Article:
Census computer center may boost economy After 10 years, plan is in motion

December 12, 1991|By John W. Frece | John W. Frece,Annapolis Bureau of The Sun

ANNAPOLIS -- Against a backdrop of months of gloomy economic news, top state officials rejoiced yesterday in some rare good tidings: completion of a complicated agreement that will bring a high technology computer center to the University of Maryland's new research park near Bowie.

The Maryland Board of Public Works put the final piece of the agreement in place by authorizing a $1.5 million grant to be used for land and infrastructure to support the U.S. Census Bureau computer center that will be part of the university's Science and Technology Center.

Planned for at least a decade, the center is beginning to take shape on a 466-acre former cattle farm at the northeast corner of the intersection of U.S. 50/301 and Route 3 at the eastern edge of Prince George's County.

To be located on 10.3 acres, the computer installation is to be used jointly by the Census Bureau and the University of Maryland. It will employ 70 to 100 workers, but state economic development officials said its importance is far greater as a magnet to attract businesses to Maryland interested in the types of information and research that can be generated there.

"This is a very powerful marketing tool," said Mark L. Wasserman, the state's Secretary of Economic and Employment Development. State and University of Maryland officials raved about the advantages to Maryland of having the Census Bureau's new "supercomputer" here. In combination with supercomputers already installed at the research park's only other tenant, the Institute for Defense Analysis, and at the nearby NASA Goddard Space Flight Center, they boasted that Maryland will have a "greater number of supercomputers per square mile than any place in the nation."

But Karen Wheeless, a spokeswoman for the Census Bureau, said calling their new computer a "supercomputer" may be "overselling it at this point." Census Bureau officials prefer to call it a "high-performance computer" that someday may be upgraded to supercomputer status, she said.

"The difference is semantics as much as anything," said Dr. Glenn Ricart, director of the Computer Science Center at the University of Maryland College Park. "The term 'supercomputer' is easily digestable to the public and is not inaccurate. 'High performance' is more general, takes in a greater range of things that Census has in mind."

Supercomputers are a new generation of computers capable of processing information faster and in a multitude of more sophisticated ways than conventional computers. An example is scientific visualization" -- a computer picture that visually illustrates information that otherwise would have been gleaned through the analysis of cold lists of numbers.

Supercomputers can also solve several problems simultaneously that must be done sequentially in conventional computers and can perform some functions that are either impossible with conventional computers or are too time-consuming to try.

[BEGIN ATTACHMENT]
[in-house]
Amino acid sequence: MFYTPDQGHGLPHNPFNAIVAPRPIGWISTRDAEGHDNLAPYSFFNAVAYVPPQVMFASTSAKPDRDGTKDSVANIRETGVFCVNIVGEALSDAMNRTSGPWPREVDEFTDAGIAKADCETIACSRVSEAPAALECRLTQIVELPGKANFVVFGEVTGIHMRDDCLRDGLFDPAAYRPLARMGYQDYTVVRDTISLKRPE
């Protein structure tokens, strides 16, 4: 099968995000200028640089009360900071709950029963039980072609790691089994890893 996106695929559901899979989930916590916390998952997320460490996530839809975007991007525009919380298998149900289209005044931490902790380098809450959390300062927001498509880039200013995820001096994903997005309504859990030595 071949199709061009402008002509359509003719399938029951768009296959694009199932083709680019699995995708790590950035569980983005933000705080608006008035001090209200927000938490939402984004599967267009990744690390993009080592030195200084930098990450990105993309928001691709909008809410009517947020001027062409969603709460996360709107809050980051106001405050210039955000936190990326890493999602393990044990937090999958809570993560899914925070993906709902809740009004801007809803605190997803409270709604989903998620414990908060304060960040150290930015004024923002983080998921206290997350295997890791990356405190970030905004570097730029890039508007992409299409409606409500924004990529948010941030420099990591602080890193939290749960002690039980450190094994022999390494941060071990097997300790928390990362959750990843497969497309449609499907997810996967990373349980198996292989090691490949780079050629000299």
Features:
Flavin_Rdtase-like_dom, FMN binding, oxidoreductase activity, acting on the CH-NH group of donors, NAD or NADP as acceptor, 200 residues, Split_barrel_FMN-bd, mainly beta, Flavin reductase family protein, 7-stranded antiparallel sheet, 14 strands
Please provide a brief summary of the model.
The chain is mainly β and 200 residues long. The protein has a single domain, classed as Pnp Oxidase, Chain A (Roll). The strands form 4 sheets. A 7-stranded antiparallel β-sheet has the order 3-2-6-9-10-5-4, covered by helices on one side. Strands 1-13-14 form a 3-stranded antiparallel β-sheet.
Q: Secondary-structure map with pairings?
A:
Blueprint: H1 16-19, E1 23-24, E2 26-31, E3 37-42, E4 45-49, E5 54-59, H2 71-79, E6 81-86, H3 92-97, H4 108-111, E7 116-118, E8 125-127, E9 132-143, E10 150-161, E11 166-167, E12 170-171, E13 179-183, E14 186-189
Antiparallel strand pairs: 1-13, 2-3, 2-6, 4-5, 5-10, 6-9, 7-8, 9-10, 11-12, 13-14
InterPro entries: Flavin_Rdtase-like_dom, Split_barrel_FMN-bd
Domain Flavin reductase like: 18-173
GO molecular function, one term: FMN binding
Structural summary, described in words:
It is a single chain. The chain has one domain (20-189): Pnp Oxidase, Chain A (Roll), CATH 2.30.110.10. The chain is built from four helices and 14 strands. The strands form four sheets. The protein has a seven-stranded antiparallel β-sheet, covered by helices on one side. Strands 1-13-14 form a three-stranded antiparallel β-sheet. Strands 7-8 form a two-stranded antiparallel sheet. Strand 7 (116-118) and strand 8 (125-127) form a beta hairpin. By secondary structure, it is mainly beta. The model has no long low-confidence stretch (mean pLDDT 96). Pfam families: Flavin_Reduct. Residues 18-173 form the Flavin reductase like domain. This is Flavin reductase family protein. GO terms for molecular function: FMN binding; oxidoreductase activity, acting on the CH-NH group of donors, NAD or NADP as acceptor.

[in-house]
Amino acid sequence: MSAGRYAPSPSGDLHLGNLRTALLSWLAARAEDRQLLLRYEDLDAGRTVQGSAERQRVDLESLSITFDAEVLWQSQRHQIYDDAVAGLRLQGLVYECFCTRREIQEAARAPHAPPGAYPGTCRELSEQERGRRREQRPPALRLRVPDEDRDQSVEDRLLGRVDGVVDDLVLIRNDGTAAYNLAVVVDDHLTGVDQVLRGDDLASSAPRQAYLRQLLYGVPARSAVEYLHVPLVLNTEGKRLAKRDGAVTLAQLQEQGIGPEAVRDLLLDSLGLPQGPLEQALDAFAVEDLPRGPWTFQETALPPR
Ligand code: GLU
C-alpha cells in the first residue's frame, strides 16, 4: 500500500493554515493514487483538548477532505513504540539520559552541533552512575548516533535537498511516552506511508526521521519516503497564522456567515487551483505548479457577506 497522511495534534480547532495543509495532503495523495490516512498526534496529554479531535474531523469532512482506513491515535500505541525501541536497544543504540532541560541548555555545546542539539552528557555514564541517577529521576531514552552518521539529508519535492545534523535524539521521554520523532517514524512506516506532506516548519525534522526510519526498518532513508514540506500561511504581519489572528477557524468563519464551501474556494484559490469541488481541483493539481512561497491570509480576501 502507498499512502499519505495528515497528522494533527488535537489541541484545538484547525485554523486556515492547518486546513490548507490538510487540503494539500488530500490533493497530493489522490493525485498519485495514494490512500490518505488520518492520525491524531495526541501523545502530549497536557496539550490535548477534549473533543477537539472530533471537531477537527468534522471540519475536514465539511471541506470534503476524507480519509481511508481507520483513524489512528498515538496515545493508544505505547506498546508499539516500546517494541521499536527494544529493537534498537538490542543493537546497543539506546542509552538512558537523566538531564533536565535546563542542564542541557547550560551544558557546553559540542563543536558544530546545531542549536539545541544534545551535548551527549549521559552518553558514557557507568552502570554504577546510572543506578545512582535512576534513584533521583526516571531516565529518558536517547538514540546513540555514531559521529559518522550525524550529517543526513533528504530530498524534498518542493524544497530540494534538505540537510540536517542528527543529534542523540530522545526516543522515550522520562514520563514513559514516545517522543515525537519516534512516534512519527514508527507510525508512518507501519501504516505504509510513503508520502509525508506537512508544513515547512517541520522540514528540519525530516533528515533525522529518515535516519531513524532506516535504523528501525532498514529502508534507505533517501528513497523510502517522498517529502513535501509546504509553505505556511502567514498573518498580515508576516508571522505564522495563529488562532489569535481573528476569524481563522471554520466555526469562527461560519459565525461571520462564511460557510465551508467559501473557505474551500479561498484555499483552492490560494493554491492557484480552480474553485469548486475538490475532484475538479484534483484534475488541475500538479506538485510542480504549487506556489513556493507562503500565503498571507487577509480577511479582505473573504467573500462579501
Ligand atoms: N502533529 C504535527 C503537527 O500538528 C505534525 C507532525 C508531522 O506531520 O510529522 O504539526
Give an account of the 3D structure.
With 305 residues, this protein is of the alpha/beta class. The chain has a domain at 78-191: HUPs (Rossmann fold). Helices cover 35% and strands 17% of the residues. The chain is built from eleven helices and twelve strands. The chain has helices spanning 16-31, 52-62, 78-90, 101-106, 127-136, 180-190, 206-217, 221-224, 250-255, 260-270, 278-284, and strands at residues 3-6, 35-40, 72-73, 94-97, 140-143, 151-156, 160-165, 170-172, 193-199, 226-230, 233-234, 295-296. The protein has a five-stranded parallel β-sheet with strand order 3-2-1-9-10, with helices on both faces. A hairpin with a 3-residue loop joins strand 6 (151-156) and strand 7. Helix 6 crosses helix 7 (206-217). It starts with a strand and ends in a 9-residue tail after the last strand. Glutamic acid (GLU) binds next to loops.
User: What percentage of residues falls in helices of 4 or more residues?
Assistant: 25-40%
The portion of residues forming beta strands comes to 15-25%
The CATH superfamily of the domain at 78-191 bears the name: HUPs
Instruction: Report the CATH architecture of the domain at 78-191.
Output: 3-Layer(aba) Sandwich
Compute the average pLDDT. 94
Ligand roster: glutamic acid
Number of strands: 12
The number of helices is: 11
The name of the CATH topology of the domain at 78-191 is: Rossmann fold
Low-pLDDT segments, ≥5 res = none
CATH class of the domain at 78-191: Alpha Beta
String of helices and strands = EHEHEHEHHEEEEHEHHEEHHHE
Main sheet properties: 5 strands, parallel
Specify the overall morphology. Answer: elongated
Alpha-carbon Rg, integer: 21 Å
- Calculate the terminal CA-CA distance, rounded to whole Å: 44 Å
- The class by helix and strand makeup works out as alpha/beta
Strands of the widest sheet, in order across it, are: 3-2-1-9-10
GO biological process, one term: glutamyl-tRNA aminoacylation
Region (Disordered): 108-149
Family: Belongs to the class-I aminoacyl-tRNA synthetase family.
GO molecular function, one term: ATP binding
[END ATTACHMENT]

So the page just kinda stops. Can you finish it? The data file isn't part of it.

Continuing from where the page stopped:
Ms. Wheeless said that in addition to the enormous amount of socio-economic material generated and analyzed during each decennial census, the Census Bureau also gathers information involving national economic indicators, labor statistics, criminal justice statistics, and a variety of other information used by governments, private industry and businesses.

"One complaint our customers have is the time it takes to get the information to them. This would help us do that faster," she said.

"People also would like to see a little more analysis: How many are white? or female? or male? or have an income of under this or over that? To do those kinds of cross tabulations, you have to have computing power. The more computing power you have, the more helpful you can make the information."

Through a yet-to-be-built fiber optic link with College Park, the University of Maryland will be allowed to use the new computer for "numbers crunching" research during off-peak hours -- a resource with an estimated $6 million annual value to the school. Eventually, the university intends to construct its own building next to the Census site to house classrooms and a computer technology center.

"It's a good marriage," said Dr. Ricart.

U.S. Representative Steny H. Hoyer, D-Md., whose district encompasses Prince George's County, was credited yesterday with securing the $2.7 million in federal funds needed to design the $27 million, 125,000-square-foot Census Bureau facility. The state, the county and the city of Bowie also contributed to the venture, which is expected to open by mid-1996.

Some computer work now performed at the Census Bureau's headquarters in Suitland, Md., in Charlotte, N.C., and elsewhere around the nation will be consolidated at the Bowie research park, Ms. Wheeless said.

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